Update Feb 1, 2013: I’m now half-way through the book and the plot is thickening; the characters are more fleshed out; the fog around enimities and back-stories is slowly dissolving. In all, the book is becoming un-putdownable!

~*~

The Argument for Books— ‘Heavy, Smelly, Cumbersome, Perfect Bound Books’ –  pushes across a point that at times seems to me a big justification for physical books – that “Books are a nexus”. Reading is a solitary experience and the advent of e-readers has made it more so. “Heavy, smelly, cumbersome books” through book stores and libraries and the passing of one copy from one generation to another makes the reading experience more communal.

I love and enjoy my Kindle hugely; however, I am NOT in favour of a completely paperless world. I see value in having BOTH paper and e-books and I most certainly do not want e-books to obliterate paper books.

I also wonder at the slightly fanatical tone that seems to tinge both the camps in any discussion on this issue.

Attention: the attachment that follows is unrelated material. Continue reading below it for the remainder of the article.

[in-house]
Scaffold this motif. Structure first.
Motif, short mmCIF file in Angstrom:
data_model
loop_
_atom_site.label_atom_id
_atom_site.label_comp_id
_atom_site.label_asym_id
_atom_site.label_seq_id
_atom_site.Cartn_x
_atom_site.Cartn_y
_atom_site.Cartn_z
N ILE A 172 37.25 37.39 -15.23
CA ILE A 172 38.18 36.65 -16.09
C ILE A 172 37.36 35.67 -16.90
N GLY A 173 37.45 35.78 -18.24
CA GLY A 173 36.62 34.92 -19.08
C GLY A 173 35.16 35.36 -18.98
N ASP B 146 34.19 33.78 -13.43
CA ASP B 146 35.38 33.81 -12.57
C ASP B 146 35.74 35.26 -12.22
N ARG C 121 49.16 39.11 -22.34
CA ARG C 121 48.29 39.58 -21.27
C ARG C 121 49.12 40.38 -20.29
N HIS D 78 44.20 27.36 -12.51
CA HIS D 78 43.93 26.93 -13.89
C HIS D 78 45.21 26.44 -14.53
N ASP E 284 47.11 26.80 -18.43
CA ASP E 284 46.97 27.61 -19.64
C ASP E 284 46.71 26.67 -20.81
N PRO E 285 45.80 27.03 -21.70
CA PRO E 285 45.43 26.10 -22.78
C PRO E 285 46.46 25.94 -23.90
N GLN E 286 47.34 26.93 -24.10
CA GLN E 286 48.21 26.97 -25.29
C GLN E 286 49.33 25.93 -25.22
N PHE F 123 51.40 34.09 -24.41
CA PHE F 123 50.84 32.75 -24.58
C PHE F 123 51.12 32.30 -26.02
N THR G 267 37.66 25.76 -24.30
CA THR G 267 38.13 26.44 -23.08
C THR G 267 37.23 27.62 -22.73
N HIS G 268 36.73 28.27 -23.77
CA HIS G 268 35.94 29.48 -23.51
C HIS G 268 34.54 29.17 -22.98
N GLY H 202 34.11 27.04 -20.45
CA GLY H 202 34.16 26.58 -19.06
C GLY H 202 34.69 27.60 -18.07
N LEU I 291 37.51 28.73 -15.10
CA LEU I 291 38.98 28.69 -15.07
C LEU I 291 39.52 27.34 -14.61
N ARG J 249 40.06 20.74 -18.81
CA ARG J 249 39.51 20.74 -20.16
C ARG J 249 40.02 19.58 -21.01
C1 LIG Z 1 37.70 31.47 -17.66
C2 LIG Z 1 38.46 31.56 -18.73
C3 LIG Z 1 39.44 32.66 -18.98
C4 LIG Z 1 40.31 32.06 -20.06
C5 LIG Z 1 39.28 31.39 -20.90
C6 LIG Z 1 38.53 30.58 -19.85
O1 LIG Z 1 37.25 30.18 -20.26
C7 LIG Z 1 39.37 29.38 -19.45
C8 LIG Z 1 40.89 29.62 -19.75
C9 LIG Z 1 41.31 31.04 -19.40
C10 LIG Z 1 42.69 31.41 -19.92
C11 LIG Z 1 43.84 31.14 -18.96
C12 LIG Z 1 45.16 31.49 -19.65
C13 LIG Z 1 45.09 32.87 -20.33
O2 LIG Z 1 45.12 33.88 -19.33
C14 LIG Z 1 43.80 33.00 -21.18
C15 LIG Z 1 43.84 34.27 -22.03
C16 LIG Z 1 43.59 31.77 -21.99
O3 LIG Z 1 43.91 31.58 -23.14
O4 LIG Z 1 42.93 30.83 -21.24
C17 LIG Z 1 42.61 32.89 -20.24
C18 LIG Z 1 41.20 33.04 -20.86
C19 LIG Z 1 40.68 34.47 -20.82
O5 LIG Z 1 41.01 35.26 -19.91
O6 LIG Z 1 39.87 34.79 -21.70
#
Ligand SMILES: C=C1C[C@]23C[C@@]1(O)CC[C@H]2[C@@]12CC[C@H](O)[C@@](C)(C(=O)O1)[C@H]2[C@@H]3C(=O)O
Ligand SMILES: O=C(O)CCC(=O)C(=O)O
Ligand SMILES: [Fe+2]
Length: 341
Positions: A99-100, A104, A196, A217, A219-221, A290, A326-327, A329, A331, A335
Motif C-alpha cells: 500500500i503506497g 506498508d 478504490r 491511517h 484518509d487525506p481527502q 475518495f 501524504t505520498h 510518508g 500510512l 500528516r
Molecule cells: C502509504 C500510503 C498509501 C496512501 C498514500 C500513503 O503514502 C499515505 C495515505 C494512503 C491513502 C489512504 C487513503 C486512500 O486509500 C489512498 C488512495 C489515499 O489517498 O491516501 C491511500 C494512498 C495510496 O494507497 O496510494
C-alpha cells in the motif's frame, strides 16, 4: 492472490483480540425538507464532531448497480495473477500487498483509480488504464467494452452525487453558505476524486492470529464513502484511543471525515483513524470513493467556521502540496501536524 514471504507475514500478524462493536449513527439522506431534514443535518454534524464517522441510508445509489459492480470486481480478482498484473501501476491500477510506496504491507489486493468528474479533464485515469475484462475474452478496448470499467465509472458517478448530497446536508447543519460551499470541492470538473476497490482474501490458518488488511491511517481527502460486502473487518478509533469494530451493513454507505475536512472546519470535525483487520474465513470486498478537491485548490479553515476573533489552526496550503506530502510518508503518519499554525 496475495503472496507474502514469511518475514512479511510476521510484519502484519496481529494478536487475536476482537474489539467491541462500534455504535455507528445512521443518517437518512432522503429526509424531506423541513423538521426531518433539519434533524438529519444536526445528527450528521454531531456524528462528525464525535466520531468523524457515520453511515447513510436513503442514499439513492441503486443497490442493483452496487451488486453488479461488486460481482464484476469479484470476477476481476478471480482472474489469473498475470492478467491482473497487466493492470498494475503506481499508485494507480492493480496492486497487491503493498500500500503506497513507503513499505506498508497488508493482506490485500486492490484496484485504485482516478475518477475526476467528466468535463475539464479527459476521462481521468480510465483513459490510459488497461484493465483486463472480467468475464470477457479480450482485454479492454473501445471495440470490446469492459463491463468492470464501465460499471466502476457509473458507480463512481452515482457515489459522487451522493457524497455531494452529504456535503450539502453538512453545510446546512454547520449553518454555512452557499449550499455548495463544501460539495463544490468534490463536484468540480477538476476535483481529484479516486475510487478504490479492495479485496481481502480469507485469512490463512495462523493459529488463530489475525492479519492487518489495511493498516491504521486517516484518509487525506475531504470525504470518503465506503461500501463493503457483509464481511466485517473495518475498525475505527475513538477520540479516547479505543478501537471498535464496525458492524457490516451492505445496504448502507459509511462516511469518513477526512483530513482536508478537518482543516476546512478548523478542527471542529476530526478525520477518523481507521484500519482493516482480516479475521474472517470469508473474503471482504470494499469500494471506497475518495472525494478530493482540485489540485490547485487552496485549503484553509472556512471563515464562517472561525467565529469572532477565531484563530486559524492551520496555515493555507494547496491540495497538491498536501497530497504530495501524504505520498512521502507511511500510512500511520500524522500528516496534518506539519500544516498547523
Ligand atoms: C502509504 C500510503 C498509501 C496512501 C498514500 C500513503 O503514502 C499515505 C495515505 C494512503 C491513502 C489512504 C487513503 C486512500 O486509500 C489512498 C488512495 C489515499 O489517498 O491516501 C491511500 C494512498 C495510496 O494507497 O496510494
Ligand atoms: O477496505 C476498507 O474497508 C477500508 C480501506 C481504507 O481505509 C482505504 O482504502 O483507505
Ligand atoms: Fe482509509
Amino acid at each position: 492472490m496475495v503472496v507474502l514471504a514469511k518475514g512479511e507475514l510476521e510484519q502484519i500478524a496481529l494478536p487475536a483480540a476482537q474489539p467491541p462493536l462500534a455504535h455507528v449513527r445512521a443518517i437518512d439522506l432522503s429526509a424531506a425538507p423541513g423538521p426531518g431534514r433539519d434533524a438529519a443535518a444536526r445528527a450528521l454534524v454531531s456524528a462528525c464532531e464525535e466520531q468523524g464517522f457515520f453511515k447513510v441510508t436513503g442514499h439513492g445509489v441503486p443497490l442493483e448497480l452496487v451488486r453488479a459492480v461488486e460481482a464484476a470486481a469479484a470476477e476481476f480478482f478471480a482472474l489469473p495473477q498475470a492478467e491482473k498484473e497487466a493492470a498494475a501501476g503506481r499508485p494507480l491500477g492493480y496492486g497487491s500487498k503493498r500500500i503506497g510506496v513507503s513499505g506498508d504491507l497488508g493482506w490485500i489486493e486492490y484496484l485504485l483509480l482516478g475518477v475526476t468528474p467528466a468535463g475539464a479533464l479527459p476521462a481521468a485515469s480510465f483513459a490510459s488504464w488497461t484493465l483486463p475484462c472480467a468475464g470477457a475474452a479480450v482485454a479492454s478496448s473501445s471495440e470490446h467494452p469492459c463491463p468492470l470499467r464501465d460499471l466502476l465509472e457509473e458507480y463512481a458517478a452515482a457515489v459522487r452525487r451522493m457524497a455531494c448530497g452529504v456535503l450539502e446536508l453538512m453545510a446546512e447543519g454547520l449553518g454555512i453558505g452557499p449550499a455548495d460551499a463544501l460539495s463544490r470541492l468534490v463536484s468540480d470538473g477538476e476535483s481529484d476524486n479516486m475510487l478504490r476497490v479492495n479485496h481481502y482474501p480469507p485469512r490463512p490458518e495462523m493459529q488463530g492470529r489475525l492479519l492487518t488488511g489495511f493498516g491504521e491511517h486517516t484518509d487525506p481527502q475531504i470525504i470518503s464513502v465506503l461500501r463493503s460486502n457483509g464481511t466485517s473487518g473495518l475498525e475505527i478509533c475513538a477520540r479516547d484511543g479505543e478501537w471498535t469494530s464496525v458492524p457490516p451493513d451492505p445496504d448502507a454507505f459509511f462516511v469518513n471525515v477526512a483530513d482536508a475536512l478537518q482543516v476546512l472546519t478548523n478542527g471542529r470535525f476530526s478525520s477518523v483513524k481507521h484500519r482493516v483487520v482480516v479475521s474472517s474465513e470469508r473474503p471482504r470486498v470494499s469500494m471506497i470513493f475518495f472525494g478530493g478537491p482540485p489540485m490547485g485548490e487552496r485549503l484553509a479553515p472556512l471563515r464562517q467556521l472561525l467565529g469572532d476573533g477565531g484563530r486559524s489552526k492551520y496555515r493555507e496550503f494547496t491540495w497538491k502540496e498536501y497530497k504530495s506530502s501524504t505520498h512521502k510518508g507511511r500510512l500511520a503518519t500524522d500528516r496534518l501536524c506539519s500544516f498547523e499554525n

I’m also thinking about Litlove’s recent comment that, “The problem with the ebook is that it is fundamentally a gadget, not a significant technological improvement in the act of reading.”

What do you think?

~*~

In other news, 28th January was the 200th birthday of Pride & Prejudice!

Here’s a great article in LA Review: Pride & Prejudice Forever – I am tempted to look up the Patricia Meyer Spacks edition. I would love a critical reading of Pride & Prejudice with an understanding of the historical and political context in which Jane Austen wrote it.

And if you haven’t  yet you should check out The Lizze Bennet Diaries once. They’re fun!

the whole enchilada

From the Smart Set: